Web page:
- Paula Wheeler – Neighbourhood Co Ordinator (NIHR ARC North West Coast)
- Dr Ana Porroche–Escudero – Senior Research Associate (NIHR School of Public Health Research)
- Neil Joseph – Public Adviser (NIHR ARC NWC)
- Sandra Smith- Public Adviser (NIHR ARC NWC)
- Alan Griffiths – Public Adviser (NIHR ARC NWC)
- Rod Leiper - University of Lancaster
- Katerina Panagaki - University of Lancaster
High quality public involvement can make a real difference to health inequalities research and outcomes. Yet, people, teams and organisations in health research often ask 'What does good public and community involvement (PPIE/C) in research look like?'
There is an extensive literature in health research. This focusses primarily on experiences for researchers and public contributors; factors enabling or hindering successful involvement in specific projects; theoretical frameworks which enable professionals to understand public involvement; and tips and Do's and Don'ts on 'what is to be done'. However, less consideration is given to 'how things have been done, and the types of activities that can be developed to operationalise PPIE/C in the organisational architecture of a research collaboration involving numerous stakeholders and a diverse eclectic combination of structures, processes and projects.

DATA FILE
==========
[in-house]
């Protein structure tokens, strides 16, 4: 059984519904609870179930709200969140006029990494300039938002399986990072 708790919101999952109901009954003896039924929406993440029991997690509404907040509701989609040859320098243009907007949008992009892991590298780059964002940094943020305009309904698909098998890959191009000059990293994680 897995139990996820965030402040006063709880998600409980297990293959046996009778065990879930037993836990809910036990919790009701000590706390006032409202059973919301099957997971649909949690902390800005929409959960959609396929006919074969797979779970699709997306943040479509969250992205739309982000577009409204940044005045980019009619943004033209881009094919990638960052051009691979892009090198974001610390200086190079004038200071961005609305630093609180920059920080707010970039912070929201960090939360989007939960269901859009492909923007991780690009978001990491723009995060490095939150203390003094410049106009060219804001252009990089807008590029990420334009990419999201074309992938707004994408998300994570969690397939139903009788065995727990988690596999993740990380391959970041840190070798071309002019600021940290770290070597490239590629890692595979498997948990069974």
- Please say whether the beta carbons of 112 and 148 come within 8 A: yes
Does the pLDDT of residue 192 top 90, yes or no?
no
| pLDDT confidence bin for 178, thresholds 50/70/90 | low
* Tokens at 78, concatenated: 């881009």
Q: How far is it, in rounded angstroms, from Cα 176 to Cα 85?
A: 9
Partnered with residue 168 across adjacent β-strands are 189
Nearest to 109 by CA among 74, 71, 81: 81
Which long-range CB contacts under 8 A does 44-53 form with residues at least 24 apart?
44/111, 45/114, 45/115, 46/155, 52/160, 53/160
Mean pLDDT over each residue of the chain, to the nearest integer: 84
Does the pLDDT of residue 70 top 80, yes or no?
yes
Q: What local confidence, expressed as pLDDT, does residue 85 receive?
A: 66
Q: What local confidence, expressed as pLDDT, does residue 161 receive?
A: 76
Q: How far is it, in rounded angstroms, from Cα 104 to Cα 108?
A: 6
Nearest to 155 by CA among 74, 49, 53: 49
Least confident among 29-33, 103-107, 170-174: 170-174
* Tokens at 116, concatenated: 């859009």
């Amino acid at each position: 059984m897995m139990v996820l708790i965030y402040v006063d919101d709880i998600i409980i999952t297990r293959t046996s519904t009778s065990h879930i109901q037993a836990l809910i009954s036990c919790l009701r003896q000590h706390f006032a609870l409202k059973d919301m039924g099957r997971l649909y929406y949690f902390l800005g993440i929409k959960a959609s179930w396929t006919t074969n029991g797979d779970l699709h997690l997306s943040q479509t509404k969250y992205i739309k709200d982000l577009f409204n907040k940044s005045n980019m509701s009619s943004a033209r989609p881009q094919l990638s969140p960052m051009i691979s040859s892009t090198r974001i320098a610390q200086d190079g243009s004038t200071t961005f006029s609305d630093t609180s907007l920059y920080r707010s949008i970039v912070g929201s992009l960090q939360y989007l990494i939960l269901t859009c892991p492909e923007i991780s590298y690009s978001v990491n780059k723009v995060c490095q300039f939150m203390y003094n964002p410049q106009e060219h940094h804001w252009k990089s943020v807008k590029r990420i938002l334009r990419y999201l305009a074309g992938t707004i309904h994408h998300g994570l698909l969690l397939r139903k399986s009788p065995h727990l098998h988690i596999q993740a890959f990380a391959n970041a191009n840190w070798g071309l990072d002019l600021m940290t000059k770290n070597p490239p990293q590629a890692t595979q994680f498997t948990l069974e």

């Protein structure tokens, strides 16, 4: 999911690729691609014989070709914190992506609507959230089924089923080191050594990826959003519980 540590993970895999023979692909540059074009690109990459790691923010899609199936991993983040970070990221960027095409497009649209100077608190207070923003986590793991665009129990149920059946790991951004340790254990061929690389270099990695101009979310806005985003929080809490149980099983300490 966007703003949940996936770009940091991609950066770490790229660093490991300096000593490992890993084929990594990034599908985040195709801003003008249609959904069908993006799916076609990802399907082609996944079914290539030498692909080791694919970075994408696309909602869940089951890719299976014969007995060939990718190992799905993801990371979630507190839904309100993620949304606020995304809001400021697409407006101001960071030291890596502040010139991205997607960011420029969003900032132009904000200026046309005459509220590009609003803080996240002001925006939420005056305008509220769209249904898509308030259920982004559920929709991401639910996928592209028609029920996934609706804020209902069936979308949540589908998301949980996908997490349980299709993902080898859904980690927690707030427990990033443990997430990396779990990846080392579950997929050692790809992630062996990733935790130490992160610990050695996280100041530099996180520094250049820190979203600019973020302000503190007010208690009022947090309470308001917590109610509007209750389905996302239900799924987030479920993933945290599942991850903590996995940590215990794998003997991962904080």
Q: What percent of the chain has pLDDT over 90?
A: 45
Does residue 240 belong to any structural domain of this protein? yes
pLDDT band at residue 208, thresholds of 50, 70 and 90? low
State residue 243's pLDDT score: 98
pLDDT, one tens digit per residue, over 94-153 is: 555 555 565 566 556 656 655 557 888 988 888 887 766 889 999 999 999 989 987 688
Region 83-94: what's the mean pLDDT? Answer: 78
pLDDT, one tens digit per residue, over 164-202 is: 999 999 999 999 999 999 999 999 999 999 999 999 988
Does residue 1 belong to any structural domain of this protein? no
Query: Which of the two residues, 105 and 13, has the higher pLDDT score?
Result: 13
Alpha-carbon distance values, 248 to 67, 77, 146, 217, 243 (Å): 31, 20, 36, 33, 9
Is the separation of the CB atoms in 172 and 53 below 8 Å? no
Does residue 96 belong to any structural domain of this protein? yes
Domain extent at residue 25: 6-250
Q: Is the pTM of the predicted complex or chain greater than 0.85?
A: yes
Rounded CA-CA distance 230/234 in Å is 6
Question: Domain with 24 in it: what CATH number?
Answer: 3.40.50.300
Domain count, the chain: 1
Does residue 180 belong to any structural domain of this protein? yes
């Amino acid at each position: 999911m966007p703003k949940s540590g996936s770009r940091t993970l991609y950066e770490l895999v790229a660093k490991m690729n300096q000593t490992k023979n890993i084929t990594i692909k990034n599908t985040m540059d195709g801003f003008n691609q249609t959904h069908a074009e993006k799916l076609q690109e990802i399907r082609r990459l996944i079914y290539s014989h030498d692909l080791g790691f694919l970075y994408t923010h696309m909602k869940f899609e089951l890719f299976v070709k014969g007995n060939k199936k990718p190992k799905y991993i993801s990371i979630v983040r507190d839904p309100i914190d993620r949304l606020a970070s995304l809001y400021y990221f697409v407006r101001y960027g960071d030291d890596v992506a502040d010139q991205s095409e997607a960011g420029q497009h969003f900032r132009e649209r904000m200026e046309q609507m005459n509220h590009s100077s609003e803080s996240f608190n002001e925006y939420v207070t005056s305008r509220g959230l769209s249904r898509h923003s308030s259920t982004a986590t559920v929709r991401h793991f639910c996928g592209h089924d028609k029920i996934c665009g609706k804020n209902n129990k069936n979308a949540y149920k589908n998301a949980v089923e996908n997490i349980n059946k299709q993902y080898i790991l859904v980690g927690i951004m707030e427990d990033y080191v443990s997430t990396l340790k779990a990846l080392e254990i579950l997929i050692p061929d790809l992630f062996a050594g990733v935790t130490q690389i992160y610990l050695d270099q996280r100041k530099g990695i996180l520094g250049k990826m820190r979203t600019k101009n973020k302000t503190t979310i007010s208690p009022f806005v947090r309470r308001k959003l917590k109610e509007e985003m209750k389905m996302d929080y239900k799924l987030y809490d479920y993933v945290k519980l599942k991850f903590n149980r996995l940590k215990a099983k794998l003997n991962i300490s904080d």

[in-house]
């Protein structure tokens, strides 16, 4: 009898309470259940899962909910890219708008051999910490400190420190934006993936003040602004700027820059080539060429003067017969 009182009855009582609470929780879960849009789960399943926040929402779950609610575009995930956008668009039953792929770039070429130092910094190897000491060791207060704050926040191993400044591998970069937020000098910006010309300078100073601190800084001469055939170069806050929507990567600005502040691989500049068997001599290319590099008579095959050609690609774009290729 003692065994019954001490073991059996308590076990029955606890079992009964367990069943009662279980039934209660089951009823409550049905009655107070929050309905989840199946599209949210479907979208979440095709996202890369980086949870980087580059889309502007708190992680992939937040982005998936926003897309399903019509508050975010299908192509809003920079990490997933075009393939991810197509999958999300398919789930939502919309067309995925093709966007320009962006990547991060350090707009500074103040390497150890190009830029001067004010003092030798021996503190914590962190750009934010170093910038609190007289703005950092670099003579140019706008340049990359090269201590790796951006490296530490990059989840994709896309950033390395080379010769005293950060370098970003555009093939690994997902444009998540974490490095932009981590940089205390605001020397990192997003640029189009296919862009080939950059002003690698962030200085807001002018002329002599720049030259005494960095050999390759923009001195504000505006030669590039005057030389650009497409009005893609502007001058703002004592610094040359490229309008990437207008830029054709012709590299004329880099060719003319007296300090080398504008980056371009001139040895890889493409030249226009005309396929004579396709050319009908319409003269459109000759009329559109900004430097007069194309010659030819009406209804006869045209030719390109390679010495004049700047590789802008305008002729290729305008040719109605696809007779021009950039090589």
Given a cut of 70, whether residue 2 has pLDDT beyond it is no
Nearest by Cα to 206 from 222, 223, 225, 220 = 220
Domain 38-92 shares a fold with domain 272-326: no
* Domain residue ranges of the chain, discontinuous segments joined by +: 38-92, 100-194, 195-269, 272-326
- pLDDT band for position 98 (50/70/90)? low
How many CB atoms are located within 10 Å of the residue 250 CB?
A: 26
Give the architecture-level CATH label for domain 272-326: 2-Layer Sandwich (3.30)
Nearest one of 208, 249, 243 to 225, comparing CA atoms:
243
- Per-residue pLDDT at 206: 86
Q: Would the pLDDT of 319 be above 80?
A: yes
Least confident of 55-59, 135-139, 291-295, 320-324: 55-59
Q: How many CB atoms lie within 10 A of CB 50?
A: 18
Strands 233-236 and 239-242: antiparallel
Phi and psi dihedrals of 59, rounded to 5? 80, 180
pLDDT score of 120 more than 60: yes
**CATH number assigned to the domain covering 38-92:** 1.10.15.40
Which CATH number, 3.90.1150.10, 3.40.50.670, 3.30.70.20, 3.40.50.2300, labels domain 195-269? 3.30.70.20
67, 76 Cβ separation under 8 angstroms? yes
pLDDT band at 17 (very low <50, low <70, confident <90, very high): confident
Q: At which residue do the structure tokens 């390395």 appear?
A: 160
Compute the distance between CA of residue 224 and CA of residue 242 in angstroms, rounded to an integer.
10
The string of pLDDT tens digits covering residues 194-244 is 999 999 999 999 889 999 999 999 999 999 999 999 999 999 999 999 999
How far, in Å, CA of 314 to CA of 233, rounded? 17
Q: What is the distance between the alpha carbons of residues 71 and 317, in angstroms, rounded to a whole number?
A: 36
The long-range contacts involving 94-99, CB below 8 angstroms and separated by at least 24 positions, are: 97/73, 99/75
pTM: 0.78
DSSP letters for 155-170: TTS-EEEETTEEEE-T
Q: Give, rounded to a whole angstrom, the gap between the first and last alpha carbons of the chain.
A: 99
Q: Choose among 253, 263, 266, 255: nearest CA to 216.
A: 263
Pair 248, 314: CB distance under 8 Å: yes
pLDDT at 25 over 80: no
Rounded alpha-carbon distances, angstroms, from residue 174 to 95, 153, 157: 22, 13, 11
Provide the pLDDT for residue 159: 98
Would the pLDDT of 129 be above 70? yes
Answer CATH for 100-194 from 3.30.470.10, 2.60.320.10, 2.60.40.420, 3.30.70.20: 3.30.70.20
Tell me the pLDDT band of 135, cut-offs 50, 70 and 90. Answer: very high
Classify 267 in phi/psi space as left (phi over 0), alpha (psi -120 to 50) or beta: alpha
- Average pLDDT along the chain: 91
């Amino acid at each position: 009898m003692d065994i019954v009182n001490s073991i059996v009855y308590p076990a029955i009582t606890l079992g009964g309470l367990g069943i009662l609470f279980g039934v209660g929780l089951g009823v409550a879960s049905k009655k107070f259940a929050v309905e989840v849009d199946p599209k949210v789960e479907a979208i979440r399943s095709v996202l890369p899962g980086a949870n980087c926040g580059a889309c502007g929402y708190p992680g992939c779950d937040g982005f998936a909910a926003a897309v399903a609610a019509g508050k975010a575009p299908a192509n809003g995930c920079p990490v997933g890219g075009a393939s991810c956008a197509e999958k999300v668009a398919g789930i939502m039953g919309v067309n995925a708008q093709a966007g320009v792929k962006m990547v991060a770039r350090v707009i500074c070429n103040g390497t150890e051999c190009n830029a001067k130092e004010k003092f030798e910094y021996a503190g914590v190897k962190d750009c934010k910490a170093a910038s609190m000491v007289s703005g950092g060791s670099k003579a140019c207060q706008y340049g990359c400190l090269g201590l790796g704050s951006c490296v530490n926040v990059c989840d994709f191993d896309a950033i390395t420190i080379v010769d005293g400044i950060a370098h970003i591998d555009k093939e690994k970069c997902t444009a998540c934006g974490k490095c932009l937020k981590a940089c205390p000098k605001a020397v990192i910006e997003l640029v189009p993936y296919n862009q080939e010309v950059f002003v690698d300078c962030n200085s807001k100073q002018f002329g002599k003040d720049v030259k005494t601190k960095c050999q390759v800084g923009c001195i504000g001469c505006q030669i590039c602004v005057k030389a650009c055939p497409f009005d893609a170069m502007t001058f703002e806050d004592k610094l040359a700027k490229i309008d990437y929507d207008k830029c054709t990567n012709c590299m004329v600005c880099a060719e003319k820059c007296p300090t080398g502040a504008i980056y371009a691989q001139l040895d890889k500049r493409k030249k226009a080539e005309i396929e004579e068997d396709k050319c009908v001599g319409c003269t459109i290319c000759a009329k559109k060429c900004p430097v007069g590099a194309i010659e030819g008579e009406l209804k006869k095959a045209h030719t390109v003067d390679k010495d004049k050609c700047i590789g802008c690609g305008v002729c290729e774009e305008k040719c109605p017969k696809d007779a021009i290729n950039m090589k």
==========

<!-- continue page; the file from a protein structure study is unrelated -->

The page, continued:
Within the ARC NWC there are a key number of principles that underpin how we undertake applied research and PPIE/C is an integral component to the design and delivery. We are committed to ensuring that a health inequalities focus is embedded throughout the programme of research and that the discourse around social determinants of health are ‘everybody’s business’.
In this workshop we will offer our experience from a project between members of the public, researchers and practitioners and share resources and activities that have been developed whist considering–
What is the role for the PPIE/C in communicating messages re health inequalities?
‘How did we build capacity and network capabilities to think and talk about them?
What are the implications for broader policy and practice?